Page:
With the tension being released within the last few chapters, Ralph is hunted due to the tribe’s sudden hatred towards him and their complete savagery takes over despite Ralphs caring nature and civilised personality. Throughout the novel Piggy and Ralphs relationship has been an eye opener to expose the boy’s nature and helps the reader to understand each character independently. When Ralph is introduced to Piggy instantly the differences between the two is shown by the way they speak: “sucks to your ass-mar!” said Ralph as he mocked Piggy’s unusual accent; from Ralph’s mockery, the reader can see that the two upbringings were very dissimilar.
Piggy is in a lower socio-economic class and the two boys being forced into co-habitation together highlights the contrast between the two defined classes of society. Being a typical child Ralph chooses to name Piggy as Piggy just by looking at his physical appearance once again showing Ralphs back round of being from a more upper-class region in England highlighting his ‘bullying the poorer child’ mind set. Understanding this, it is not expected that the boys would have a good relationship due to Ralphs immaturity but as Ralph soon realises the capability of Piggy’s knowledge and how that would help his leadership skills they soon become friends amongst the chaos.
Piggy’s knowledge represents the law and order of the adult world. Throughout the novel, Piggy attempts to condition the society the boys had made to mirror the society they all lived in in England. Piggy’s continual references to his auntie demonstrate this philosophy. He tries to pull Ralph towards the reason-oriented side of human nature.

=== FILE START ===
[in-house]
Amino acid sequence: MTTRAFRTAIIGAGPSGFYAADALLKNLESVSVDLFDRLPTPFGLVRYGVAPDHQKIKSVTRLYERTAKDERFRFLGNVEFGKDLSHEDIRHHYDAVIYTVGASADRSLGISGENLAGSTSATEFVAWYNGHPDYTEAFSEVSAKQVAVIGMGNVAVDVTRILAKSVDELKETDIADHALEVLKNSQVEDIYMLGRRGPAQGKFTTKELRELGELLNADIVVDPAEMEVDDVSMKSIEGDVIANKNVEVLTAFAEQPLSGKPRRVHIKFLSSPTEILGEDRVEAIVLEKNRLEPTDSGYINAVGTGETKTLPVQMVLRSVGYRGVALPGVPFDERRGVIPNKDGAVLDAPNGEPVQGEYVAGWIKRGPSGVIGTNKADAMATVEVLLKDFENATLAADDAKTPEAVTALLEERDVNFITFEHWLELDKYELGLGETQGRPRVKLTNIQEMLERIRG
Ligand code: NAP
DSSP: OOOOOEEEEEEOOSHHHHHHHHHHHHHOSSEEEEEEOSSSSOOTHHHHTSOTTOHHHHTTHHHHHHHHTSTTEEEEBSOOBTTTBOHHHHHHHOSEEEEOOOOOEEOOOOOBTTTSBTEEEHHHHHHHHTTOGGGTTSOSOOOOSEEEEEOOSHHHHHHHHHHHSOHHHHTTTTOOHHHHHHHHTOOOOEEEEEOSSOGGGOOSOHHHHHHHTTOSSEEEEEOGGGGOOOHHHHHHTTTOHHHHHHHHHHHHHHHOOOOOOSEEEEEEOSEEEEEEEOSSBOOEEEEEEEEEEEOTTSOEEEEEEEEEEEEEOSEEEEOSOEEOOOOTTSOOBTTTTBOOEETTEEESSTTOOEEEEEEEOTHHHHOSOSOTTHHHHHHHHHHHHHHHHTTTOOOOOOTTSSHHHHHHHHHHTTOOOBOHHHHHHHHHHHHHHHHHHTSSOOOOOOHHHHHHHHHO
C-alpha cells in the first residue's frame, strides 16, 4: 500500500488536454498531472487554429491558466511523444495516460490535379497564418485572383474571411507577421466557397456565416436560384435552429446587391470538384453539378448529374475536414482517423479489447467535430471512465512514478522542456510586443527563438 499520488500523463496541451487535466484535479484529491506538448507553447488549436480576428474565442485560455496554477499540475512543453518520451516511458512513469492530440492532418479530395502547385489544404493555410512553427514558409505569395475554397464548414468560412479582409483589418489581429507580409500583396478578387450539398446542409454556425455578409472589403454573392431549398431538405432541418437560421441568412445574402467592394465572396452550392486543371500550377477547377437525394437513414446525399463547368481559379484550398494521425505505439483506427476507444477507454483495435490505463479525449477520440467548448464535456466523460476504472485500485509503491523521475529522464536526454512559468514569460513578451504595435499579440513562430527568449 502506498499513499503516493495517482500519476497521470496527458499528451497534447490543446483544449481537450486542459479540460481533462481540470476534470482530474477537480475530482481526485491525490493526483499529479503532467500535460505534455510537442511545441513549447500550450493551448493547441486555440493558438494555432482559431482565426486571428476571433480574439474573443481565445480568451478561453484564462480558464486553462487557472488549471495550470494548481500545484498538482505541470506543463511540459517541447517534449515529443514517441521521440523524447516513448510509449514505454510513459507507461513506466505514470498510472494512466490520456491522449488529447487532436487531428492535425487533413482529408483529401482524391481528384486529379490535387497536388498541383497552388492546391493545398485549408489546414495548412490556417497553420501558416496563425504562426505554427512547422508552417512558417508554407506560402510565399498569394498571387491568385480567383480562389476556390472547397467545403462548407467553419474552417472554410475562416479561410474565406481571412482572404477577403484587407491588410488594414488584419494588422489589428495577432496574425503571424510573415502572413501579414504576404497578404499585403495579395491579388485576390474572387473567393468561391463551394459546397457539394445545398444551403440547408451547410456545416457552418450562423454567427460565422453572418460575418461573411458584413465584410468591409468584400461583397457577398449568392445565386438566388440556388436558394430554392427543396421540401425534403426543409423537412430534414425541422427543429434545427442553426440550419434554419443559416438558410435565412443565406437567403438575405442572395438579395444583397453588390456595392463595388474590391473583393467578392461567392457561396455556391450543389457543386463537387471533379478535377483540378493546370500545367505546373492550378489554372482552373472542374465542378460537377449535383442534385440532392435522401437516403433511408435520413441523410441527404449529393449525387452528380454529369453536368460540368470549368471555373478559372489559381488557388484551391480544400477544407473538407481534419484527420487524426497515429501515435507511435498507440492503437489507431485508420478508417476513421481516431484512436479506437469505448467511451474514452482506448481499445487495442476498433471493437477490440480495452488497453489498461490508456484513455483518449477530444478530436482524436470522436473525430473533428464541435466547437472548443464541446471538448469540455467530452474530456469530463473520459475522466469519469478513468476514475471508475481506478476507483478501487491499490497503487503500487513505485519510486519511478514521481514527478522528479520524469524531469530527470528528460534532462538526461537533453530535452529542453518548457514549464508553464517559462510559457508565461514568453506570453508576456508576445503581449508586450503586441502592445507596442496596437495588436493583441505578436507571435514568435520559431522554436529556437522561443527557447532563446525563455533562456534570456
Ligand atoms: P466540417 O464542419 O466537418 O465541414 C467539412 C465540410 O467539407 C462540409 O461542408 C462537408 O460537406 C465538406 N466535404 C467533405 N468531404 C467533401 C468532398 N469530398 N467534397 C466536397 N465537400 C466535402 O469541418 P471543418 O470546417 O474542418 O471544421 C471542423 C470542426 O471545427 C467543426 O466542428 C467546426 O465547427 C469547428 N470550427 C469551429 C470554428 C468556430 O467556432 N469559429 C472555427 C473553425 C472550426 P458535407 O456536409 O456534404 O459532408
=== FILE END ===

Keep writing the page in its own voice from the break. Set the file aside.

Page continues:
The overall characteristics of each of these two important characters proves that amongst the islands nightmare state it had spiralled into there was still a sense of hope for humanity amongst it due to the maturity of Piggy who then taught Ralph his ways making Ralph an overall stronger leader, but despite all this the rest of the tribe still fell short and turned on both Ralph and Piggy making them “outsiders”. Ralph’s character can be once again shown through his relationship with Simon where Simon’s characteristics help shape Ralph into the boy he becomes. Simon can be seen as pure goodness, and he is something of a Christ like figure.